From William Willcocks, 24 May 1799
New York, May 24, 1799
I have the honor, ’tho’ with much regret, to inform you, that the recruiting-Service is still greatly impeded by circumstances which I cannot controul—Captain Kissam is in such ill health as almost to be despaired of—His only Lieutenant is the Paymaster, & Cloathier, of the Regiment, who of course cannot leave town—Lieut. Ladley of the 2d Regiment, who has volunteered his Services, is at Flushing with Sergeant, Drum, and Fife; But I presume cannot enlist for our Regiment without special authority from yourself, or the War department—Captain Courtlandt has no Leieut.—There are also other Vacancies of the kind—all of which embarrass the Service—Colonel Smith being at a distance, I have taken the liberty to address you on the subject, in order, at least, to exculpate myself as to the progress of the recruiting-business in the District which I have the honor to superintend.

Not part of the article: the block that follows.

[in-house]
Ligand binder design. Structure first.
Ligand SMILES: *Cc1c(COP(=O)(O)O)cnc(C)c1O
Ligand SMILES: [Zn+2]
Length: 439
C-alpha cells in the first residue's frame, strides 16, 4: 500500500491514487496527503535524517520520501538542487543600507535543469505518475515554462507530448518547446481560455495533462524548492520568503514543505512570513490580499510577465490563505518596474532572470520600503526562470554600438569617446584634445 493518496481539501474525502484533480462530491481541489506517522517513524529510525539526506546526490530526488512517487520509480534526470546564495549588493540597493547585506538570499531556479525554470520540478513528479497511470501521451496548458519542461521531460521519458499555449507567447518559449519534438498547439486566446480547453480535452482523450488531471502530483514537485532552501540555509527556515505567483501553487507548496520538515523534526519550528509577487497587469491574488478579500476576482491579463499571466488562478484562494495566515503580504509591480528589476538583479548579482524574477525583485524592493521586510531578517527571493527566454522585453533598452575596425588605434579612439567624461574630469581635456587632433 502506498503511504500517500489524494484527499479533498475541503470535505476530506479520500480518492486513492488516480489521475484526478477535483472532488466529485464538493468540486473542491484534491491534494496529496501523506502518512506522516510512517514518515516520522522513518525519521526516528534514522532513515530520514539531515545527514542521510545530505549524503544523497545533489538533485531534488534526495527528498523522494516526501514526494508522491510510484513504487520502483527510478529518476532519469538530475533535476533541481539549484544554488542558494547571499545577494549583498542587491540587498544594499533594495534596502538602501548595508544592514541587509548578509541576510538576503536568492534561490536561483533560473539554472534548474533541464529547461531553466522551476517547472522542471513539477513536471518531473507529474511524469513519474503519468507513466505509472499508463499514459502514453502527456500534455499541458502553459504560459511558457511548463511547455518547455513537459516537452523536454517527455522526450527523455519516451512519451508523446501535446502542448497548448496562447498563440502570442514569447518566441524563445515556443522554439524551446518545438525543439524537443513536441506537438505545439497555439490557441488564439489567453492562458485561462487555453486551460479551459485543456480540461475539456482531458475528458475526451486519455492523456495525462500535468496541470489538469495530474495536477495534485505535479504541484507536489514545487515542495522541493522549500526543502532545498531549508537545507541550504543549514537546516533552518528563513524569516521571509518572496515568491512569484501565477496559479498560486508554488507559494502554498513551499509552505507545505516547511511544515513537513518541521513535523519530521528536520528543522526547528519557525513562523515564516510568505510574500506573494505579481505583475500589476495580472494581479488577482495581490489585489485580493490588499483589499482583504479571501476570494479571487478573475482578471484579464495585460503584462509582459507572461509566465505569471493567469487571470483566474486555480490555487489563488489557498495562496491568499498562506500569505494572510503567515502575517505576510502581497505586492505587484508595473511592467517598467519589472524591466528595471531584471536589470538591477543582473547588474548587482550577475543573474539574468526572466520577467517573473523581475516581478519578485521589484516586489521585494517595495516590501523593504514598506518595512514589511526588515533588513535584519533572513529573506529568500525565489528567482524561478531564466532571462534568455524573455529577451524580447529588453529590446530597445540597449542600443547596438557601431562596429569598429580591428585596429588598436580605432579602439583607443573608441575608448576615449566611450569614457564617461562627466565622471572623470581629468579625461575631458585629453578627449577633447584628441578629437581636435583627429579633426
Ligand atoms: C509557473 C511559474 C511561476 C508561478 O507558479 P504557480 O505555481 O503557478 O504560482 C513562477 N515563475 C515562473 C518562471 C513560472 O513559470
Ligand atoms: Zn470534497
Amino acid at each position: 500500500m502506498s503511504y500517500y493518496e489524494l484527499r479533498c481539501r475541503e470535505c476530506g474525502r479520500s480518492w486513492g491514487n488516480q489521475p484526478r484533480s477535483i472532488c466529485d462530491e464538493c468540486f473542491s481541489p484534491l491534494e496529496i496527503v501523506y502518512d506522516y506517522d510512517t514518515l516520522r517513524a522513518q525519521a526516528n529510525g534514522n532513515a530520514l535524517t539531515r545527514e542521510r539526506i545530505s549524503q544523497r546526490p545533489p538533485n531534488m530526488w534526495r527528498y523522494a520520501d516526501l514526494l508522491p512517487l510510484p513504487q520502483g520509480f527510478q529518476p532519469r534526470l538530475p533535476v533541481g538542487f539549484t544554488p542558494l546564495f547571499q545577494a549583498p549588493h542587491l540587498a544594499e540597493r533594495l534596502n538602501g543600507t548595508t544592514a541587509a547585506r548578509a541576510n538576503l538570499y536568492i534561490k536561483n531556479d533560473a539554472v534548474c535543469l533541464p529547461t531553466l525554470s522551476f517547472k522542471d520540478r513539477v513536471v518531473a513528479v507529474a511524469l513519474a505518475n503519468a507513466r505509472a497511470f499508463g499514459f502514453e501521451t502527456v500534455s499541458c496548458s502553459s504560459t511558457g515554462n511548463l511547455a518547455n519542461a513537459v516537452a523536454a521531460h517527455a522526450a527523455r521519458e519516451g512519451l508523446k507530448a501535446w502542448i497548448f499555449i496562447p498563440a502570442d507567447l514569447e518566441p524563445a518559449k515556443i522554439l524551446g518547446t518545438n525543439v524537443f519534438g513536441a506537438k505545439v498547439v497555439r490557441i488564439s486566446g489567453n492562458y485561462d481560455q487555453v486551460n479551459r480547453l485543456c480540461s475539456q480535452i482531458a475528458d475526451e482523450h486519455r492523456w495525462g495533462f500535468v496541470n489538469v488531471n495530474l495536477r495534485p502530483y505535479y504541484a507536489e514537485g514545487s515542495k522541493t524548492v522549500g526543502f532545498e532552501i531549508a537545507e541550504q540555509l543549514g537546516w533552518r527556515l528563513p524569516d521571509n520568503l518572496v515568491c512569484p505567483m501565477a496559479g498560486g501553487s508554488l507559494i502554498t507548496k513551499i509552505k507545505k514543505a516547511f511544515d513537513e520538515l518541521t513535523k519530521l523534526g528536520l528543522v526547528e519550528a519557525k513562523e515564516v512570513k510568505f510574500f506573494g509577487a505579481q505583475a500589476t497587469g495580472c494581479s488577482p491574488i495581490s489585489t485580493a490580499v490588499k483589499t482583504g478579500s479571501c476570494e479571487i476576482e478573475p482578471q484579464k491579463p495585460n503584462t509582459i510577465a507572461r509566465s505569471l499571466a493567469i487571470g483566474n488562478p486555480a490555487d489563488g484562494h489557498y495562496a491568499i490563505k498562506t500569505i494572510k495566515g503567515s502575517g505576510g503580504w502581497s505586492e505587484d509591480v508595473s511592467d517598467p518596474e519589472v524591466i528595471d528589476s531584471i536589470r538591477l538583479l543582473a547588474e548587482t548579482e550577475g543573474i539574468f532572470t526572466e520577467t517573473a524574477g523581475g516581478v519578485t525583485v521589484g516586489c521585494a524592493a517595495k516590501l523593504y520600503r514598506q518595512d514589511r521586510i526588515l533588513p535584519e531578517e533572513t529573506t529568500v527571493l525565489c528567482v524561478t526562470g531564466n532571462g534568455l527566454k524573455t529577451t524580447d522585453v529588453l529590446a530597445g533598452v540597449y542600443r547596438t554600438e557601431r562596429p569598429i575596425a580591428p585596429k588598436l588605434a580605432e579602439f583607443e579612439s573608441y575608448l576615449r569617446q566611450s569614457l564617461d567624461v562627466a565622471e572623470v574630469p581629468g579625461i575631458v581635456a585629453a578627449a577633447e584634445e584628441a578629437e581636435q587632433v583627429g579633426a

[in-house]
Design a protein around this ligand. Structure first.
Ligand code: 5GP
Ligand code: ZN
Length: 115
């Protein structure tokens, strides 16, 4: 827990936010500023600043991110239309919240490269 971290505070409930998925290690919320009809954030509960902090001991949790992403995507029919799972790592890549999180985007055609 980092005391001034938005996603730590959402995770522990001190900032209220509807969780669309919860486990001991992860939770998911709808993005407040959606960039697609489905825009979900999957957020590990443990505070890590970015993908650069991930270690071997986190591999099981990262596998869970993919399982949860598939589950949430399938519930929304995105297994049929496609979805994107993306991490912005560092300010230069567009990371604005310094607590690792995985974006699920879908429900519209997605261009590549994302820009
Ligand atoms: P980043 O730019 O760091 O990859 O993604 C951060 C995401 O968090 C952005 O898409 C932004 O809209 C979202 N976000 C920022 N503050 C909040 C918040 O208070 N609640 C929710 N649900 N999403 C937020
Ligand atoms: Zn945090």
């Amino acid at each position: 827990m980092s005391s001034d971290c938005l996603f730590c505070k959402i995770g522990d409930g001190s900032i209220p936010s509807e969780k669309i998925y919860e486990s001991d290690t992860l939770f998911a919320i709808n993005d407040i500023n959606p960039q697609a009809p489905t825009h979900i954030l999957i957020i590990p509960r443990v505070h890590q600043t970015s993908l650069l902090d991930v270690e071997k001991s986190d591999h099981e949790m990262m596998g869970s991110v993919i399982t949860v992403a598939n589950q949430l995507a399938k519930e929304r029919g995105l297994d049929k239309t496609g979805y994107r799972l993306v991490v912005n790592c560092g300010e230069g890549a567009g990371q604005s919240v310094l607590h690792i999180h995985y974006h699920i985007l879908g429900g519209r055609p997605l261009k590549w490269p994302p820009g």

I embrace this occasion also to represent to the Inspector-General, that the Hats which have been received for our Recruits, are not three-cornered but, round Hats; sans buttons, loops, cockades, or bands—and of a quality represented to me, of such base stuff, or workmanship, as to be totally unequal to the test of a little bad weather—
Now although I would not wish to be troublesome, I will always speak for the Soldiers, when I fear thier supplies, contrary to the Intention of Government, are of a kind, neither tending to public Economy, or the honor of the military establishment.
With due submission, and The Highest consideration, I am, Your Obdt Servt.
Majr. 12th. Regt.
(ALS, Hamilton Papers, Library of Congress).